ionization mass spectrometry, or TIMS, has long been
used as a standard method for very precise determination
of isotope ratios in fields such as isotope geology.
TIMS is used for isotope systems that in the natural
environment can be found in the solid phase (U, Pb,
Sr, Os, B, and Li).
TIMS utilizes mass spectrometers
fitted with thermal ion sources. Samples are deposited
on specially treated filaments (usually rhenium or tantalum),
then carefully dried. The filaments are heated slowly,
leading to evaporation and vaporization of the sample.
The resulting positively ionized atoms are accelerated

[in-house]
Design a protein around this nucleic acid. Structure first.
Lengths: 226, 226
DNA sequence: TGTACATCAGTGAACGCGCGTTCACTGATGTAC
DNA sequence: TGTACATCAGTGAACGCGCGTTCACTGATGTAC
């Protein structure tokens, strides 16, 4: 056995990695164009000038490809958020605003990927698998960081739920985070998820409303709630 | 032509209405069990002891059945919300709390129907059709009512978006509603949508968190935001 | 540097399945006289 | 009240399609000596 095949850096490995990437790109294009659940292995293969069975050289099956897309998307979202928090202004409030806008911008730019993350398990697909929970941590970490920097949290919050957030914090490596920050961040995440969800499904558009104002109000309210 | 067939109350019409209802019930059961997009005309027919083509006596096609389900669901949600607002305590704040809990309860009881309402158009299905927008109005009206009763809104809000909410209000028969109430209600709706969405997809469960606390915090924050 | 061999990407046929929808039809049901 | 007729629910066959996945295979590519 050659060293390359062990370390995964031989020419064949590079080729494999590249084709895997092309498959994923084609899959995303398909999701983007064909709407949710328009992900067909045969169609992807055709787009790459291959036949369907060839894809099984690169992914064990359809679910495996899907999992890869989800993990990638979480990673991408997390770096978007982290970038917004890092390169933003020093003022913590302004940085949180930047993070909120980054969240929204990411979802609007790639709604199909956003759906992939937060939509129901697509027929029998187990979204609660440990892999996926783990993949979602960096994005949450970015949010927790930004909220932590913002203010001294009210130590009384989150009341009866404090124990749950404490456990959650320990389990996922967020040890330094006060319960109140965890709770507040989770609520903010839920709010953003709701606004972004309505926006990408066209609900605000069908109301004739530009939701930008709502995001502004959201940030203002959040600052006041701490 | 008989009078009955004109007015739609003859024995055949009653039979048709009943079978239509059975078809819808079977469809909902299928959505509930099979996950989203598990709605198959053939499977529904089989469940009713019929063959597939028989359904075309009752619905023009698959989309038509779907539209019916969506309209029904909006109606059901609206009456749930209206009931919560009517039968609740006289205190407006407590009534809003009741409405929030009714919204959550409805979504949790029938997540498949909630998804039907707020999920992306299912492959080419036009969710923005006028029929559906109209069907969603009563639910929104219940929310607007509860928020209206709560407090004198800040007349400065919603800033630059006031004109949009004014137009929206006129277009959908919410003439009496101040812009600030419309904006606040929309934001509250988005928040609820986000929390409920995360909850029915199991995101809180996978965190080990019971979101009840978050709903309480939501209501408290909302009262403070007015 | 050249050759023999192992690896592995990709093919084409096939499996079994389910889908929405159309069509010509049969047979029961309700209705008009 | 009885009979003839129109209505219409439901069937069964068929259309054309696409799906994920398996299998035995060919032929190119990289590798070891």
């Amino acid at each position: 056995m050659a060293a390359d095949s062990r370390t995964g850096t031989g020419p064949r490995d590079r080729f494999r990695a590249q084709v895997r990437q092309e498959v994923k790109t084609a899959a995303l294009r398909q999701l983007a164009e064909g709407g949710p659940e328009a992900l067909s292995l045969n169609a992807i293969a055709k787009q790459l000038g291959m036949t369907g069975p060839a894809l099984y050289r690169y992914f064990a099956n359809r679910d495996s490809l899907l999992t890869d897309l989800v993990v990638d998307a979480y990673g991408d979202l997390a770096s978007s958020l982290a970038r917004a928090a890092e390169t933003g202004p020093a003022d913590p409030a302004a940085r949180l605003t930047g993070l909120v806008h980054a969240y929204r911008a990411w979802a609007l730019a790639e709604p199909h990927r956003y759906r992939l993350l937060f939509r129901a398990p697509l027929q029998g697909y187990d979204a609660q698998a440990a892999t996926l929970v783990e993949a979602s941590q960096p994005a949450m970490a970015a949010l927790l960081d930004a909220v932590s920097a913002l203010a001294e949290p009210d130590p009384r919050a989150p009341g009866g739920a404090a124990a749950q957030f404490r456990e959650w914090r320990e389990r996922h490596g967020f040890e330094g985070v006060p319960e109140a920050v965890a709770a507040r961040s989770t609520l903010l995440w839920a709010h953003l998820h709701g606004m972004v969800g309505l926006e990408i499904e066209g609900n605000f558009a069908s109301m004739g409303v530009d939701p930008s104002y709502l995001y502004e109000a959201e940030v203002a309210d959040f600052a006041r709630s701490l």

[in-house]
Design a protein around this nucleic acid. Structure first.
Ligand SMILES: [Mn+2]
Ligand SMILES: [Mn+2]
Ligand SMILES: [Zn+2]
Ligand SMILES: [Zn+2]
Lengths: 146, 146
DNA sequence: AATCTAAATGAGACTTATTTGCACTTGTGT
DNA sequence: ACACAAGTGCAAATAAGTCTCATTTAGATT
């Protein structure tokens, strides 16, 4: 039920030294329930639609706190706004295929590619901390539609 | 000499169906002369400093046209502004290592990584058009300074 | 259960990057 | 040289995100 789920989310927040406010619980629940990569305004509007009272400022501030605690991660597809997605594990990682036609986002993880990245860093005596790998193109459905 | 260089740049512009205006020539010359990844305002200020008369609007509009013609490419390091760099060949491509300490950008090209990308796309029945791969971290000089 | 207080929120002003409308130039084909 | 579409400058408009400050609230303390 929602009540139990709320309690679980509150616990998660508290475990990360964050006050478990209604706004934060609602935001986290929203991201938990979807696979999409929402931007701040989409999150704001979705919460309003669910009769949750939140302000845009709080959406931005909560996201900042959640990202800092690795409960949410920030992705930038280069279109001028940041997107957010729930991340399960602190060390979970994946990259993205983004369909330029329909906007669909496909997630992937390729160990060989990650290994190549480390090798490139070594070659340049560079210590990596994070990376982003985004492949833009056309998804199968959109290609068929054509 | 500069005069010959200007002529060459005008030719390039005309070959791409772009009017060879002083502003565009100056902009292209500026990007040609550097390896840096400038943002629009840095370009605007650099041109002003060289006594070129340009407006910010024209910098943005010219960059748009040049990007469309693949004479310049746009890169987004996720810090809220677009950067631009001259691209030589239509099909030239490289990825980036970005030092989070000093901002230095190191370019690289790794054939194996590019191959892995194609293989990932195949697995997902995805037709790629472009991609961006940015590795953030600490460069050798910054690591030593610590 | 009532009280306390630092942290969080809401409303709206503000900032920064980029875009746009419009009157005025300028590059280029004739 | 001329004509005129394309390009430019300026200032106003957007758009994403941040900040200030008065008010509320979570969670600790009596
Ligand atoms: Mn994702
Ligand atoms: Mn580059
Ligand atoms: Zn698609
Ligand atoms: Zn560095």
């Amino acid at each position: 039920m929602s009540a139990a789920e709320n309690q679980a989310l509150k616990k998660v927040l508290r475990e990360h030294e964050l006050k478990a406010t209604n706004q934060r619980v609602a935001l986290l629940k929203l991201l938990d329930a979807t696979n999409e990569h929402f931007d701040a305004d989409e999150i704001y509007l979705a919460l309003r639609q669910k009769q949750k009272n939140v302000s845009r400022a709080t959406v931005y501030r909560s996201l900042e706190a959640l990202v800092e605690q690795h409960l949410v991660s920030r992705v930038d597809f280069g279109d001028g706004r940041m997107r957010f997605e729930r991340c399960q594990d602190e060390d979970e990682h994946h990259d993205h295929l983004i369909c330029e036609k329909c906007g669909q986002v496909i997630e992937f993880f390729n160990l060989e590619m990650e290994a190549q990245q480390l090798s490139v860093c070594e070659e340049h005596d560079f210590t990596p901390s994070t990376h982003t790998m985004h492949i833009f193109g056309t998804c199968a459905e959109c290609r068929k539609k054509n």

from the ion source by an electric field, then mass-separated
by an elecromagnet. The separated beams for each isotope
are then collected in Faraday cups, which convert the
beam into electric current. The ratio of one Faraday
cup to another is used to calculate isotope ratios.
TIMS requires time-consuming sample
preparation to ensure high quality chemical separation
of the analyte. It is also important to correct for
isotopic fractionation, particularly in the ion source.